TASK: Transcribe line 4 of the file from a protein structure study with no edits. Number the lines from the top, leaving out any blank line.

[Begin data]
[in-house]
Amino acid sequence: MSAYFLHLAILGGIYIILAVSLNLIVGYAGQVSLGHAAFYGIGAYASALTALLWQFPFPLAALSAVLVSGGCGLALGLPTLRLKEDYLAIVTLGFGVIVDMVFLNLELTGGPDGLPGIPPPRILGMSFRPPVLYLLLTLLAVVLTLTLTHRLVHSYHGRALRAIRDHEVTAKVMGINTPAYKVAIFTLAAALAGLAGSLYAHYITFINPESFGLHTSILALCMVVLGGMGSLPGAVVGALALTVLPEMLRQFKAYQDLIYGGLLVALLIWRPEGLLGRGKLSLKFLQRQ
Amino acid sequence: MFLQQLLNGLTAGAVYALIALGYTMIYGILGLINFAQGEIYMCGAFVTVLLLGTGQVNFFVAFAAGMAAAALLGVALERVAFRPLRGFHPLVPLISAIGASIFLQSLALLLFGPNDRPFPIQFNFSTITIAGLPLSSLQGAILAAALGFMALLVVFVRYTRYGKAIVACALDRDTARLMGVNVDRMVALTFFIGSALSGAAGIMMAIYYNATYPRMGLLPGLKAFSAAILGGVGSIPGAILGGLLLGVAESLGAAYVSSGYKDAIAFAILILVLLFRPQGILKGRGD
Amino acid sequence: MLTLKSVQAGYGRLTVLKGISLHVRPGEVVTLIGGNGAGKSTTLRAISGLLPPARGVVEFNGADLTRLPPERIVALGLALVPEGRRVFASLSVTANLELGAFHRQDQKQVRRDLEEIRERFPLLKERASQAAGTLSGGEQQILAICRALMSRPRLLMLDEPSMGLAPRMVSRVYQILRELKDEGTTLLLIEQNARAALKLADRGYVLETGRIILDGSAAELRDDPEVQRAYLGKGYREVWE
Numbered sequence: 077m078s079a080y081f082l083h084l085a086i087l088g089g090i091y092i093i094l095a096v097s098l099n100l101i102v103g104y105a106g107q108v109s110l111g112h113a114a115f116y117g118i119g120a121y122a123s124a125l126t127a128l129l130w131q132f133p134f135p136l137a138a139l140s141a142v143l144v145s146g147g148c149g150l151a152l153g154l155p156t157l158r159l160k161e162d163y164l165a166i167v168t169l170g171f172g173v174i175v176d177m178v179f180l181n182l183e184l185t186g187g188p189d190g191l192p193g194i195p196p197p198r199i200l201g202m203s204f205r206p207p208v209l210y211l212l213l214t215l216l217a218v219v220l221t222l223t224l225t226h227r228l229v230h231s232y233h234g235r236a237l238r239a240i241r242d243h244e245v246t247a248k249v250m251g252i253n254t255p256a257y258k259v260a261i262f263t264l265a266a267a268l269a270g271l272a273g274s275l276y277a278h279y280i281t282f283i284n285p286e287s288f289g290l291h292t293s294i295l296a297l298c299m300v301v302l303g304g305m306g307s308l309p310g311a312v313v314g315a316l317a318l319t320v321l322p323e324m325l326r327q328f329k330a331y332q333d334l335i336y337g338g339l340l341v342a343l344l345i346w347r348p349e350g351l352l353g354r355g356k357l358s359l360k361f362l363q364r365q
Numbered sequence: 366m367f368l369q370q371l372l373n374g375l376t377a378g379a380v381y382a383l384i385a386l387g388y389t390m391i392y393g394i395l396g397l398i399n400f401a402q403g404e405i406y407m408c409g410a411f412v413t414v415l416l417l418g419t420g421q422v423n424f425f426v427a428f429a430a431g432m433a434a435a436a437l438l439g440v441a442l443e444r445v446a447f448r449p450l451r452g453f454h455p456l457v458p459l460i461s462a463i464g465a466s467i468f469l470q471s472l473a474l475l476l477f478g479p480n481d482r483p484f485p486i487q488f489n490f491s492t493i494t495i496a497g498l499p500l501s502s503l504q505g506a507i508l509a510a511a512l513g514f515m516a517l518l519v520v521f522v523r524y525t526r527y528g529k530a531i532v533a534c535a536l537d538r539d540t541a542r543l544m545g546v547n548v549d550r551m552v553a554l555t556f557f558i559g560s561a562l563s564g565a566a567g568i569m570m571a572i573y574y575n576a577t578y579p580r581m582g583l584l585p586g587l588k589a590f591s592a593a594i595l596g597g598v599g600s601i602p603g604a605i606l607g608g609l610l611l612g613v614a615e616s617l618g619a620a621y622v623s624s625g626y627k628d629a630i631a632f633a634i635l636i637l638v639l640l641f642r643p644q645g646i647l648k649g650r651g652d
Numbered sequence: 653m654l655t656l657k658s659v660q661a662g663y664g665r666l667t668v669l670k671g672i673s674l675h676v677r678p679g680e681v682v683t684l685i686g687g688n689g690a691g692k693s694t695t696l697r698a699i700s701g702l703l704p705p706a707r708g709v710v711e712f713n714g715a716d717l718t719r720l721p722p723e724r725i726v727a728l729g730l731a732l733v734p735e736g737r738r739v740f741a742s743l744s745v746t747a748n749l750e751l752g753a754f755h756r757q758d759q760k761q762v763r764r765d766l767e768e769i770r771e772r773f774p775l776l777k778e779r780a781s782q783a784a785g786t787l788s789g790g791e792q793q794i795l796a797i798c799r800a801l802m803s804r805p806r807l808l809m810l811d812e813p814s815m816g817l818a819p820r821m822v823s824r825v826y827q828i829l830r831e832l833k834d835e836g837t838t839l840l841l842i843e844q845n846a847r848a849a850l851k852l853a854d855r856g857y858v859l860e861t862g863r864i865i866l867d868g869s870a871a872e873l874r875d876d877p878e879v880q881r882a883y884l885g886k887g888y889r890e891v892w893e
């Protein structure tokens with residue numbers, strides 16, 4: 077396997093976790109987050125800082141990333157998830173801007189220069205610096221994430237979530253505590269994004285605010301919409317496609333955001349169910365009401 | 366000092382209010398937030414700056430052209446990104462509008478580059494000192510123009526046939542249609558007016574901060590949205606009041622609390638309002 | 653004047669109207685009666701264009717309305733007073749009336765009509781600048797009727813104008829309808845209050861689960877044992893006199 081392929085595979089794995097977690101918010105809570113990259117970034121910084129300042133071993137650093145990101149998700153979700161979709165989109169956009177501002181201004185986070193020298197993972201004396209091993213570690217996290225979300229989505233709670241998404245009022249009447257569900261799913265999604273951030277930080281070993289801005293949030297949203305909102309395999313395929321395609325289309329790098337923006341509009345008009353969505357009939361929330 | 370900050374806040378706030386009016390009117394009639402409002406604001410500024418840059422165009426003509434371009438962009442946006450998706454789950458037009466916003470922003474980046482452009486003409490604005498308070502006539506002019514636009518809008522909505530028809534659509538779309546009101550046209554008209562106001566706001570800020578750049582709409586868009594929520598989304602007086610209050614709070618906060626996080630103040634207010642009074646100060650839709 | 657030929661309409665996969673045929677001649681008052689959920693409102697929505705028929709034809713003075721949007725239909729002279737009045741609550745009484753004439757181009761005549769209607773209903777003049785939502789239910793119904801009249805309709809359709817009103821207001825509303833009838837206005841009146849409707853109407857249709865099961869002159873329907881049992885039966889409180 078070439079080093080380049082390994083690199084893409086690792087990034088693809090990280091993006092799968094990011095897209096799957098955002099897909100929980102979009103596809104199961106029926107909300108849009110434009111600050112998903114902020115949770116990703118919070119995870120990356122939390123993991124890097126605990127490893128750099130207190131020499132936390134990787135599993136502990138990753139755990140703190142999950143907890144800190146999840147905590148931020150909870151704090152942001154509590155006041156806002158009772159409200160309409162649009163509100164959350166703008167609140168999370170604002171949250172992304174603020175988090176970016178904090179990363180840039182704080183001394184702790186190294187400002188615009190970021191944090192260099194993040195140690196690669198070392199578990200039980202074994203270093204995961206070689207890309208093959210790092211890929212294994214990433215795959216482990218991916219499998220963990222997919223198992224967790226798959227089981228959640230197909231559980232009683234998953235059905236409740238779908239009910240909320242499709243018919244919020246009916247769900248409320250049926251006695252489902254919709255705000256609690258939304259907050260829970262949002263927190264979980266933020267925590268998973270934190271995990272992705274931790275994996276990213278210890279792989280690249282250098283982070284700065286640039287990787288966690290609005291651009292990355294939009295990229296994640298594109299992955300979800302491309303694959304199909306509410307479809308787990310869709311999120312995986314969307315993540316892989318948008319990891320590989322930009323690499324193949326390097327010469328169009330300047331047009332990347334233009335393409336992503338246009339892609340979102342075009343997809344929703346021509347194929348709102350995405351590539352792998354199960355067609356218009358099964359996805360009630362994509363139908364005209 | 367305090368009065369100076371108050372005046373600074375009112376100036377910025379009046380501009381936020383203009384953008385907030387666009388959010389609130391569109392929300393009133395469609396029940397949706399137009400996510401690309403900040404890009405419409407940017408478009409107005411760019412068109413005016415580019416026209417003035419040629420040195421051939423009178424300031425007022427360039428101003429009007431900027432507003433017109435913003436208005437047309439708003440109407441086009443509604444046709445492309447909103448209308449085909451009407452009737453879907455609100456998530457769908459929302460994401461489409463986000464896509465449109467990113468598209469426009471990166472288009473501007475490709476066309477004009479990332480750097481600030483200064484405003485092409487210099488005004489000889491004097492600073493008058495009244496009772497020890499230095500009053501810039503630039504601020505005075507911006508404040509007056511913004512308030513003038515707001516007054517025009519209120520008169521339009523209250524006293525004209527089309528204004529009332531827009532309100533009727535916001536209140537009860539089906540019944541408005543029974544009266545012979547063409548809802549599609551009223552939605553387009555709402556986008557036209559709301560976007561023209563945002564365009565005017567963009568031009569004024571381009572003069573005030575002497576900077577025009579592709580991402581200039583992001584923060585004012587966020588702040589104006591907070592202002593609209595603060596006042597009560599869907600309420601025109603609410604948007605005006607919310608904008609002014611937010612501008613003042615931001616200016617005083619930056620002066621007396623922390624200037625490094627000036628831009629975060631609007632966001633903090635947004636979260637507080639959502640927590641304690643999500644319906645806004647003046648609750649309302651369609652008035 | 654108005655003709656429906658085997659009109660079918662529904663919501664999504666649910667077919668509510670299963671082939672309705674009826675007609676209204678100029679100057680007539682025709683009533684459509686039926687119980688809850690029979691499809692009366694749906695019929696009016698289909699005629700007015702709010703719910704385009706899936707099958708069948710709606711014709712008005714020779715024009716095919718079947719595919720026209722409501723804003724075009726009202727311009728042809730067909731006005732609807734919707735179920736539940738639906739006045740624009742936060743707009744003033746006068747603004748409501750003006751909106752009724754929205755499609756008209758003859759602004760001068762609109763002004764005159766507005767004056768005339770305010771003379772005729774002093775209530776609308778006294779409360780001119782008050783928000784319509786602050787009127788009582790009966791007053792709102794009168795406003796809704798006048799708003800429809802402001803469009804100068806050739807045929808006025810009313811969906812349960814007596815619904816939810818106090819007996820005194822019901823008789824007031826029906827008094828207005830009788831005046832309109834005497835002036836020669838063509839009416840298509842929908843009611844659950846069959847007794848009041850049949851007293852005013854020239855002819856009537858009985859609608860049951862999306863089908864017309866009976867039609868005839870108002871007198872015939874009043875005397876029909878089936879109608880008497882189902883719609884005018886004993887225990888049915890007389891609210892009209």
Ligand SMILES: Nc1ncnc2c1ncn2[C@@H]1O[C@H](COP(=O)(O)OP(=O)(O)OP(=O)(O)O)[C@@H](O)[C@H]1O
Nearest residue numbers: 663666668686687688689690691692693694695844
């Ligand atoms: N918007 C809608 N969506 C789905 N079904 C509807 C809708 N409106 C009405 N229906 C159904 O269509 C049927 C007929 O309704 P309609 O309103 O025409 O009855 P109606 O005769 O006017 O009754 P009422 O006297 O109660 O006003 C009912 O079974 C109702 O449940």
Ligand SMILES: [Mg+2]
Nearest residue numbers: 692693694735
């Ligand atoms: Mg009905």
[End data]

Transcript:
Amino acid sequence: MLTLKSVQAGYGRLTVLKGISLHVRPGEVVTLIGGNGAGKSTTLRAISGLLPPARGVVEFNGADLTRLPPERIVALGLALVPEGRRVFASLSVTANLELGAFHRQDQKQVRRDLEEIRERFPLLKERASQAAGTLSGGEQQILAICRALMSRPRLLMLDEPSMGLAPRMVSRVYQILRELKDEGTTLLLIEQNARAALKLADRGYVLETGRIILDGSAAELRDDPEVQRAYLGKGYREVWE